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Chapter 17. Premiere Online

Chapter 17. Premiere Online

Chapter 1 outlined the offline/online editing process, in which you edit your program at low quality (offline edit) and complete it at high quality (online edit).

Typically, the online edit takes place in a traditional online editing suite, complete with all the professional (and expensive) gear available to finish the program at the highest possible quality. This kind of online edit uses your Premiere-generated edit decision list (EDL) as the blueprint for quickly re-creating the program from your source tapes—or, in some cases, a pristine, uncompressed digital version of the source footage. This offline/online editing strategy was developed to save money by staying out of the online suite. The time-consuming editing is accomplished on less inexpensive gear, making your stay in an expensive online suite quick and efficient.

You can accomplish the offline and online edit on the same system, however. For the offline edit, you can digitize clips at relatively low quality. When you finish editing, you simply recapture the clips—this time, at a higher, final-output quality. Fortunately, you don't have to recapture all the source clips—just the clips that you use in the final program.

This type of offline/online strategy is designed to save money by saving hard disk space. Capturing at a lower quality maximizes the amount of footage you can store on a hard disk. After you narrow down the footage to just what you need in the program, recapturing the clips at higher quality becomes more feasible. This method is suitable for editors who use capture cards that allow for different quality settings but who don't have ample disk space for raw footage. Because most capture cards compress the footage, you can't achieve the same quality you would get by using the source tapes in an online suite. For many applications, however, the card's image quality is more than adequate.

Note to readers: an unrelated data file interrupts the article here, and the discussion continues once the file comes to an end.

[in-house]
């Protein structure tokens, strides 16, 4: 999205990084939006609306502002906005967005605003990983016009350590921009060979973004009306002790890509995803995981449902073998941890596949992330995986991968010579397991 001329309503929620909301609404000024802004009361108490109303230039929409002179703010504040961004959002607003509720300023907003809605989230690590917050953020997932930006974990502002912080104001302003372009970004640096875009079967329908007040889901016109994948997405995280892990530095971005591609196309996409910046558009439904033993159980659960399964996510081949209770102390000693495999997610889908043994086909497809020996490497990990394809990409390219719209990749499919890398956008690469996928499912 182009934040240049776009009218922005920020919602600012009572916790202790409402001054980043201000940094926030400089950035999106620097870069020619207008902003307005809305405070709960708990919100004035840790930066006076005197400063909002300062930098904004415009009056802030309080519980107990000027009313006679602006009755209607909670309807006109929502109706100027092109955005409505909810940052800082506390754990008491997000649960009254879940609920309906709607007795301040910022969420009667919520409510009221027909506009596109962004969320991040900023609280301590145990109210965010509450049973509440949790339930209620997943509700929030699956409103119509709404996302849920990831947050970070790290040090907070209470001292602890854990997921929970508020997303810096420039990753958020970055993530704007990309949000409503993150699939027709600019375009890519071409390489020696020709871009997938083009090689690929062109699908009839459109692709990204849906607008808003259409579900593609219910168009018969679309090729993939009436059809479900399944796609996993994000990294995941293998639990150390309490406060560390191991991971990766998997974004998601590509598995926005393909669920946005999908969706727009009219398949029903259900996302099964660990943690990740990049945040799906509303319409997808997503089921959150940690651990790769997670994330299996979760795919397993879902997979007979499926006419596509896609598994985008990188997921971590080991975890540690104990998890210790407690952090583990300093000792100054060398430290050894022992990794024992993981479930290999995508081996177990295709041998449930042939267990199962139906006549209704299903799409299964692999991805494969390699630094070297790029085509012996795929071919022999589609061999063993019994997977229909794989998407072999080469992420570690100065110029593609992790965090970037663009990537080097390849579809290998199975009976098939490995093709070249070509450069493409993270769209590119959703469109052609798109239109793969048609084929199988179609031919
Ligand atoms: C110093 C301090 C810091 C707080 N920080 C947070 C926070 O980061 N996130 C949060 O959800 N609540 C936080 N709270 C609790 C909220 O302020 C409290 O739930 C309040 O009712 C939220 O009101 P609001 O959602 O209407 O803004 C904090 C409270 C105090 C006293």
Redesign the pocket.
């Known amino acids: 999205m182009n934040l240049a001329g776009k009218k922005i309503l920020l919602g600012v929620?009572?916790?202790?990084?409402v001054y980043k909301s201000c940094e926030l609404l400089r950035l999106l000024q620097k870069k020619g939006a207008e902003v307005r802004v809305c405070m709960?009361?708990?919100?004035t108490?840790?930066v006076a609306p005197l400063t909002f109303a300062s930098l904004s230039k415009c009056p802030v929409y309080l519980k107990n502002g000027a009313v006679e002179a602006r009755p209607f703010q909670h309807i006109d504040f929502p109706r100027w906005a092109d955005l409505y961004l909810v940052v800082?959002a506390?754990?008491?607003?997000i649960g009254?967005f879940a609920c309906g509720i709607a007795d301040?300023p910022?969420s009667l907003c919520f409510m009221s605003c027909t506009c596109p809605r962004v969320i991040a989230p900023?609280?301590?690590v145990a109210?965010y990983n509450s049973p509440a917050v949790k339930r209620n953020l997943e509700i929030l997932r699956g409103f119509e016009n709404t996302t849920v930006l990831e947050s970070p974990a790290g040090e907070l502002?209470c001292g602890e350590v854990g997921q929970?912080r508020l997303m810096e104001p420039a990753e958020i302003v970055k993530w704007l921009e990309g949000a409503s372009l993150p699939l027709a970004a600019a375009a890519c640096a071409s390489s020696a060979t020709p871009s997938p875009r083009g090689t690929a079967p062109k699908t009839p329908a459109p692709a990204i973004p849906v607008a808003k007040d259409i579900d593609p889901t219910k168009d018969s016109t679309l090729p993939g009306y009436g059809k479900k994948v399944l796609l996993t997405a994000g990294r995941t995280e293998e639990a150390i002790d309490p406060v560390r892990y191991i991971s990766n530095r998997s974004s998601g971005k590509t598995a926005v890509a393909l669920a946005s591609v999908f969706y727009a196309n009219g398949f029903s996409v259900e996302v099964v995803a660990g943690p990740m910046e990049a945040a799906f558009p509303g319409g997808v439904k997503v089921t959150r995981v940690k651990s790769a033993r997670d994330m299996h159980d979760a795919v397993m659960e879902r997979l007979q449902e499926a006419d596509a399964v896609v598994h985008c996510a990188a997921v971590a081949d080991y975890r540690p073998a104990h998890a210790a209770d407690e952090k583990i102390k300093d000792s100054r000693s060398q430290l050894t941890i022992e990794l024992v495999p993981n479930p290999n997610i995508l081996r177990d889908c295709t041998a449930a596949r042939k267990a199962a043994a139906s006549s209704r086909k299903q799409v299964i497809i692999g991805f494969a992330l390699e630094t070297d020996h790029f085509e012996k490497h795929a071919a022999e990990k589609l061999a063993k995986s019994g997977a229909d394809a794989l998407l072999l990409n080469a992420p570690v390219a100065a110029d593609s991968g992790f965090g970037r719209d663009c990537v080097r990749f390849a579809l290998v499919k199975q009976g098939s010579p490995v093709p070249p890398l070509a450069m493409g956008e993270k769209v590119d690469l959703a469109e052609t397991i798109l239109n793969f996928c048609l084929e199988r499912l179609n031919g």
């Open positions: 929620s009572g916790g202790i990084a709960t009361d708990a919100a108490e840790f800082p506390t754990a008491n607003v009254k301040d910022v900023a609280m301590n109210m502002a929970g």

As you know, using any offline/online strategy means using timecode. The clips that you use in the offline edit must have timecode that matches the timecode on the source tapes. When you recapture the clips for online editing, you need your timecoded source tapes, a deck that can read the timecode, and device control. In addition, your capture card and drives must be able to capture and play back the clips at your desired output quality.

What if you work at output quality from beginning to end? In that case, the intricacies of offline and online editing don't apply to you. Nevertheless, this chapter may contain a few useful techniques for creating hard disk space and doing some housekeeping before you archive your finished project.

DV Offline?

Because DV is relatively inexpensive to shoot and to edit, many people are able to avoid the offline-online process. However, even those using DV sometimes consider the offline strategy.

In some productions, the shooting ratio—the ratio of the footage shot to the amount used in the final program—can be very high. A documentary might have a shooting ratio of 20:1 or more. Digitizing at a low quality could allow you to use more footage before exceeding your hard drive space. However, most capture cards allow you to scale the amount of compression (and thereby the file size), DV does not: the video is encoded in the camera, at DV's fixed 3.4MB/sec data rate. Though you can install a variety of DV codecs on your computer to decode the DV, they can't change its data rate.

Instead of adopting an offline strategy, it's often better to invest in additional storage. If a new hard drive isn't an option, you can try to buy a copy of ProMax's DV Toolkit, which does include a low-resolution codec for capturing DV. But because the DV Toolkit's primary purpose was to provide a better DV codec than had been available, it was discontinued with the introduction of QuickTime 5. If you can't capture with a lo-res codec, you'll have to recompress your DV files after you capture them. This can be a time-consuming extra step, and you won't be able to preview the video through a DV camera or deck on a video monitor; the clips won't be DV clips anymore. But the recompressed clips will act as stand-ins, or proxies, for the original DV clips, and they'll take up less storage space. Whether the trouble is worth what you save on hard drives is another question.



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